Kristine: So, she is his muse?
Sean: She is his muse (and his wife). After hearing these facts, do you still love her?
Sean: I thought me saying the words “aspiring MTV VJ” would just drive the nails into the coffin of your hatred.
Kristine: You are being an enemy of sisterhood right now.
Kristine: I am curious though – has Sheri Moon ever acted in anything non-Zombie-related? I mean, Baby was styled exactly like a dancer out of a Rob Zombie video, which is obviously a big part of her resume. But does she have any range?
Sean: I won’t go so far as to say she has no range, but she’s never really been in anything non-Zombie-related. Maybe a cameo here and there, but nothing substantial. I think she cameo’d in a movie starring Angela Bettis (a.k.a. May).
Kristine: Are you anti-Sheri?
Sean: No, not at all, though I run a little hot and cold with her in this movie in particular. I mean, I’m all for a pro-sex ass-kicking broad who delights in trash culture. I actually liked Sheri Moon best in this when she is paired with Karen Black and they are cackling like mad witches together. Karen Black – best name in show business.
Kristine: Well, I’ll be an enemy of sisterhood also and say that I didn’t think Karen Black was used as well as Sheri Moon was. I was looking forward to her performance. I’ve loved her ever since Five Easy Pieces and I know she’s a minor “scream queen,” but I’ve never seen her horror stuff. This introduction to her horror oeuvre was a tad disappointing.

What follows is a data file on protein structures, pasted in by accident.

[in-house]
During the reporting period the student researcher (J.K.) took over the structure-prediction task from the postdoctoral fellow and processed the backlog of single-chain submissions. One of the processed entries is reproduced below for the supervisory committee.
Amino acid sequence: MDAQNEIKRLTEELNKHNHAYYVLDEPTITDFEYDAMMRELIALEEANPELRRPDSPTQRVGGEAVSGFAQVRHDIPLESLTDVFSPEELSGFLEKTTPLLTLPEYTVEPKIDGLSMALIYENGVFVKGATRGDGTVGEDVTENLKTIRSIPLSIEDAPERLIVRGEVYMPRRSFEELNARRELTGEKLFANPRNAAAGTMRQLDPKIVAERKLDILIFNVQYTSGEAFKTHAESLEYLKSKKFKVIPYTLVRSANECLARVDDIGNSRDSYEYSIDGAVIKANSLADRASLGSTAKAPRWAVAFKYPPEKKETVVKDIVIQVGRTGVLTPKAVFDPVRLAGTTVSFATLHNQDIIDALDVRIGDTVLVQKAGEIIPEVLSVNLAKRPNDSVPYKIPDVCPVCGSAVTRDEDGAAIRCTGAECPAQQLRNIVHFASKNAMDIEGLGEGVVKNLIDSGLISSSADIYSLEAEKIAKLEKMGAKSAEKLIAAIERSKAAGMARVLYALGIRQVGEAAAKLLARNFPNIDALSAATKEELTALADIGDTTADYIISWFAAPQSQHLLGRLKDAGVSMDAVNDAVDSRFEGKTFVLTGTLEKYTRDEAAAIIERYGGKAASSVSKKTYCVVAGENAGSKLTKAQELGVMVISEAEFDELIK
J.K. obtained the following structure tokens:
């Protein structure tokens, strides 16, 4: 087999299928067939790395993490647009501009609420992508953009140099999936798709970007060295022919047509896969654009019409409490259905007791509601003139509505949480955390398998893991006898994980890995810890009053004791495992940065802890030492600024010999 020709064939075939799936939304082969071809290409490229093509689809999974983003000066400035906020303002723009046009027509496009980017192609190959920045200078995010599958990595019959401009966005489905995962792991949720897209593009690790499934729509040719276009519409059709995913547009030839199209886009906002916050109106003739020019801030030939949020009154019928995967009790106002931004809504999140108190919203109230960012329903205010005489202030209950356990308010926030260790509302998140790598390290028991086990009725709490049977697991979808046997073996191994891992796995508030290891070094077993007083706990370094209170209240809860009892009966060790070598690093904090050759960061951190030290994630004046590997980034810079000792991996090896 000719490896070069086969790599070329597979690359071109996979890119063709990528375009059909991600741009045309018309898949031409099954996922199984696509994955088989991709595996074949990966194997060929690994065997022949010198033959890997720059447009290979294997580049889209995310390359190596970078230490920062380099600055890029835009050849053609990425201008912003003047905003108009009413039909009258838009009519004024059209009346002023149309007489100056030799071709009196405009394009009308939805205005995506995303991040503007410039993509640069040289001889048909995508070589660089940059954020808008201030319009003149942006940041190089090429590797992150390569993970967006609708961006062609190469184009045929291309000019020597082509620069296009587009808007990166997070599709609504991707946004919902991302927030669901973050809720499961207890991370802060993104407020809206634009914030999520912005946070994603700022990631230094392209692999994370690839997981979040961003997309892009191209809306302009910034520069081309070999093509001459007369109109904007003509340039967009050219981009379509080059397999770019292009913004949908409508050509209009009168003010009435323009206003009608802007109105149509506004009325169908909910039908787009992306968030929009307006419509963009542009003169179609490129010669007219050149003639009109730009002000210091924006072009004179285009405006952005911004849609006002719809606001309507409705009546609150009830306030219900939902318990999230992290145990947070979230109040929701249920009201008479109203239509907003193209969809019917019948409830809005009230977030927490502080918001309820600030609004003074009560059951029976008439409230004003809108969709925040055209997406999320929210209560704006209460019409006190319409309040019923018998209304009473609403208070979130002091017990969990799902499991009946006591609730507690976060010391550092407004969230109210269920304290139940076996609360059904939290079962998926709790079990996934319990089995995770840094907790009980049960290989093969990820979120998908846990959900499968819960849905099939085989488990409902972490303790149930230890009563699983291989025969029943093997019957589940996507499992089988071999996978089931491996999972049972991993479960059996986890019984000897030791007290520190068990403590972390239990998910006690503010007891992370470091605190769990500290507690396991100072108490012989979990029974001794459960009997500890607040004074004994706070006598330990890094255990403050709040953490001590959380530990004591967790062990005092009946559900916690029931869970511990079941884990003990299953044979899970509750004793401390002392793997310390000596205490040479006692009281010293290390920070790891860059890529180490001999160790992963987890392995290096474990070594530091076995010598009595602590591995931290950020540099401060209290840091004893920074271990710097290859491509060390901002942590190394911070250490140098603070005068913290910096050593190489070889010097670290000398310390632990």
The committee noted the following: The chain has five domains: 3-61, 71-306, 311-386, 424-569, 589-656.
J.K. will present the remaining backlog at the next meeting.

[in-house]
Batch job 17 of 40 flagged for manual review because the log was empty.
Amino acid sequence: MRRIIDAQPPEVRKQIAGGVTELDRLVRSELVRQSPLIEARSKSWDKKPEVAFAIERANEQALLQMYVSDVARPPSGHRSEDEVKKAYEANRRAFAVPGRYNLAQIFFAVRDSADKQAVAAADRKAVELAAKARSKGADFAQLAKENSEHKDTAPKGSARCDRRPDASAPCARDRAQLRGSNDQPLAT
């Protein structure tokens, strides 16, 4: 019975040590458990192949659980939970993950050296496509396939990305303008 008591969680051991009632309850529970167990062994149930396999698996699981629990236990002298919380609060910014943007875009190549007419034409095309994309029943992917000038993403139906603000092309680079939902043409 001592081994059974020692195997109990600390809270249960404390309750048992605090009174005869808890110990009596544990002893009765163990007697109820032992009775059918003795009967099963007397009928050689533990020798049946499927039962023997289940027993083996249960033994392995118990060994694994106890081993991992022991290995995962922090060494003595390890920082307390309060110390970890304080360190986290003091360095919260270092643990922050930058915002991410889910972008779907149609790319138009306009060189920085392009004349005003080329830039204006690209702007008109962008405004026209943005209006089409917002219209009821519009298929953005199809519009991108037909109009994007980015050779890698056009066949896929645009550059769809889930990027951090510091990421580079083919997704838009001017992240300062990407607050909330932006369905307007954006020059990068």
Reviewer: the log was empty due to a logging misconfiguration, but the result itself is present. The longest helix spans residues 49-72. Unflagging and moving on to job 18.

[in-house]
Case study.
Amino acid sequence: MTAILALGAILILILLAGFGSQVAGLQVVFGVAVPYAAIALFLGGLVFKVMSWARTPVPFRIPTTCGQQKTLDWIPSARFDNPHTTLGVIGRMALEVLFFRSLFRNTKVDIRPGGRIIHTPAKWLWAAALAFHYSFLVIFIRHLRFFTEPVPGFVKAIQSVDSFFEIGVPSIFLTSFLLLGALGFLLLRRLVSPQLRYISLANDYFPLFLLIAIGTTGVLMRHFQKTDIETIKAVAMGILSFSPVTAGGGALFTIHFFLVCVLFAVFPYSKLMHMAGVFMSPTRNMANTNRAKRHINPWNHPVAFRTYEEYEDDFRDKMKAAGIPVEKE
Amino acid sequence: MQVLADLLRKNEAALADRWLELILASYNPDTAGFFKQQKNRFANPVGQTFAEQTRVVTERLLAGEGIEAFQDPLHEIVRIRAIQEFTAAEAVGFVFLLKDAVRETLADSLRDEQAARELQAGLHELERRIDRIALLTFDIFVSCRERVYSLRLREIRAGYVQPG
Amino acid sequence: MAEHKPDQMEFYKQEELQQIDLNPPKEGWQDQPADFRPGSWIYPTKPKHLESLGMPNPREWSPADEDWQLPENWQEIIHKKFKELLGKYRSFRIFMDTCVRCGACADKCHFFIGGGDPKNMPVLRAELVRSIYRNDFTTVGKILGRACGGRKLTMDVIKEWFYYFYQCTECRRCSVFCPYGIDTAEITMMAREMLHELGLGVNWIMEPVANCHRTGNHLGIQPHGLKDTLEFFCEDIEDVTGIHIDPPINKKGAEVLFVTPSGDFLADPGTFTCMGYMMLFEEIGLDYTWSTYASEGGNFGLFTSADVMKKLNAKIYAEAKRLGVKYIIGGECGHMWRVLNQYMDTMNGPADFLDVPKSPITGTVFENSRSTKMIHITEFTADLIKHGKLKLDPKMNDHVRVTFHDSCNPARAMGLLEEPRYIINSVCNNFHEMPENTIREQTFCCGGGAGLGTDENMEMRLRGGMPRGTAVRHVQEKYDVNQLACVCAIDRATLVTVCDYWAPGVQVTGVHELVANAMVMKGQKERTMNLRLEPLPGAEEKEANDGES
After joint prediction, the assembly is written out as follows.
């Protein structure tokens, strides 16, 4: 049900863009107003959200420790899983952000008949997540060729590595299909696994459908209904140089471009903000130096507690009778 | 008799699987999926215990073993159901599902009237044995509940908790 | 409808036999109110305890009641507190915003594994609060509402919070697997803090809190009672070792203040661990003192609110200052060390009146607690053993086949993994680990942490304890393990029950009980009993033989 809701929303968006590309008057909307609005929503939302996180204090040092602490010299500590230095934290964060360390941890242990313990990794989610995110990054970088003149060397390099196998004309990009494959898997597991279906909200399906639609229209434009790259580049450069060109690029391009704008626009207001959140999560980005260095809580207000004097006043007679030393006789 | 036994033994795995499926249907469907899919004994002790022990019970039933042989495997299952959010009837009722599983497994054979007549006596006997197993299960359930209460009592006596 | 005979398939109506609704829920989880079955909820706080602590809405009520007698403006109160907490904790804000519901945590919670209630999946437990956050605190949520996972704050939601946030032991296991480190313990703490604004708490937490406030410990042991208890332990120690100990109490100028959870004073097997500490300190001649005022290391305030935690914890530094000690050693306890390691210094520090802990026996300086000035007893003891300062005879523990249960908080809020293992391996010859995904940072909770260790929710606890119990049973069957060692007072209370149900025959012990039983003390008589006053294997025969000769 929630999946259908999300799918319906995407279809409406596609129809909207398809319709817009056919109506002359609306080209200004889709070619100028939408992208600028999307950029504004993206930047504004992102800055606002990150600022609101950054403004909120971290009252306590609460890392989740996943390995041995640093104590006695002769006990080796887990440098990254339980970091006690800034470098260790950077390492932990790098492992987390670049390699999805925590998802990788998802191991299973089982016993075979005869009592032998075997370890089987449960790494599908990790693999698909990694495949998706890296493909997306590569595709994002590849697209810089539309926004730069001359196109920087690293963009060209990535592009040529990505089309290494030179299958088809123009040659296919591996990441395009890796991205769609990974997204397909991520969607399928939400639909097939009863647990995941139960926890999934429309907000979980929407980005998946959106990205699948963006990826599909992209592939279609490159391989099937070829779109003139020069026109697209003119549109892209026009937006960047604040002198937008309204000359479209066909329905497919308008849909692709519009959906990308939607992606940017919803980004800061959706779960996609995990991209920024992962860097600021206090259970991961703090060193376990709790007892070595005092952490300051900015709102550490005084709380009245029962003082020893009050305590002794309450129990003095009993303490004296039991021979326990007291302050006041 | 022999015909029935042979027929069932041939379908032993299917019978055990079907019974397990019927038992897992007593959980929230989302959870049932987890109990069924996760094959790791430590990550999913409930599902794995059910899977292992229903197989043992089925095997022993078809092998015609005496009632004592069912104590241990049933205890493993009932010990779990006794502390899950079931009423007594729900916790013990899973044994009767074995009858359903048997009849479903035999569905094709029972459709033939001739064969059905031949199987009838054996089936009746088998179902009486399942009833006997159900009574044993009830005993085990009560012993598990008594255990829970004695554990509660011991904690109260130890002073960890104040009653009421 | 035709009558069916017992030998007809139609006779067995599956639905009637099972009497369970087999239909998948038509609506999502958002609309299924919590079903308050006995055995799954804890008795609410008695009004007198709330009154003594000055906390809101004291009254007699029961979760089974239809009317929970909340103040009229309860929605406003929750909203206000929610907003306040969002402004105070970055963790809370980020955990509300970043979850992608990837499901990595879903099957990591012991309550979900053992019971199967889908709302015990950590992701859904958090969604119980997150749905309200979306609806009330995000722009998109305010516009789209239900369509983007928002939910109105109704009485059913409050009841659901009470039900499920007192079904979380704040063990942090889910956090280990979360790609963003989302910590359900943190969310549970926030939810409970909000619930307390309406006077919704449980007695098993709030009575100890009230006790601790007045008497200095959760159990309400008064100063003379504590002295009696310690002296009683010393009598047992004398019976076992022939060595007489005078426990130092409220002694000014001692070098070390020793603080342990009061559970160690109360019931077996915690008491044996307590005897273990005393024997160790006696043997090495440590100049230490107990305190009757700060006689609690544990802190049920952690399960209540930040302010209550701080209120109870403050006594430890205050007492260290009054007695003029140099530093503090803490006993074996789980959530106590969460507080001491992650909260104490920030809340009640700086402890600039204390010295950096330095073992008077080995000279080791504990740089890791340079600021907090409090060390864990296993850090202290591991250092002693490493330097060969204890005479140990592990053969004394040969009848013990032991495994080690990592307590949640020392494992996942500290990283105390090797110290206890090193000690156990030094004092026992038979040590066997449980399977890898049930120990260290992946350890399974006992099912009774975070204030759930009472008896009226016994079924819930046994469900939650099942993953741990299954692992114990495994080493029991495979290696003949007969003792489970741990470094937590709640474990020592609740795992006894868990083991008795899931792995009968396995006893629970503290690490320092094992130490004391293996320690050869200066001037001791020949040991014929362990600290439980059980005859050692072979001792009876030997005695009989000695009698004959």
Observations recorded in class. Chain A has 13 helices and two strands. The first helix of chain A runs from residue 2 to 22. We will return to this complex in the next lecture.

Sean: The thing that shocked me most about Karen Black in this movie was just how…. dissolute and slatternly she was. I mean, her gigantic boobs all hanging out, and her making puffy old-lady sex mouth at the policeman and all of it. I love how she just went for it, but I was also surprised she let Zombie re-invent her as a plus-sized cougar babydoll. She was kind of like Bette Davis as Baby Jane crossed with a really drunk fat hooker.
Kristine: I agree with you. Mother Firefly kind of made me sad. I wanted her to be gorgeous and regal and evil, instead of just kind of sloppy and crazy.
Sean: Oh I kind of loved her drunk, fat ass. It was great.
Sean: I mean, talking about female sexuality in this movie brings up another issue for me. The way the movie opens, with the commercial for Captain Spaulding’s that contains all the circus sideshow freak imagery, doubles as a mini-history of horror, or at least as a quick reminder/tour of horror’s roots. The world of vaudeville and travelling circuses was an earlier, primal form of “show business” from which Hollywood and cinema (and horror movies and thrillers in particular) historically arise. When Baby Firefly gives her vaudevillian performance of Helen Kane’s “I Wanna Be Loved By You,” Zombie is referencing all of that, and revealing that his aesthetic interests are far-ranging (beyond simple torture/slasher exploitation shock value). I think it would be wrong to dismiss him as a merely a cretinous shock movie fan. Helen Kane is thought by many to be the prototype for Betty Boop (along with Clara Bow) – and I think this movie clearly indicates that Zombie is just as interested in pornography, nudie culture, burlesque and sexploitation as anything else. All those music-video-esque cutaways to Betty Page-style sex kittens. What’s your take on his relationship to sex culture? Do you also see it as integral to his style?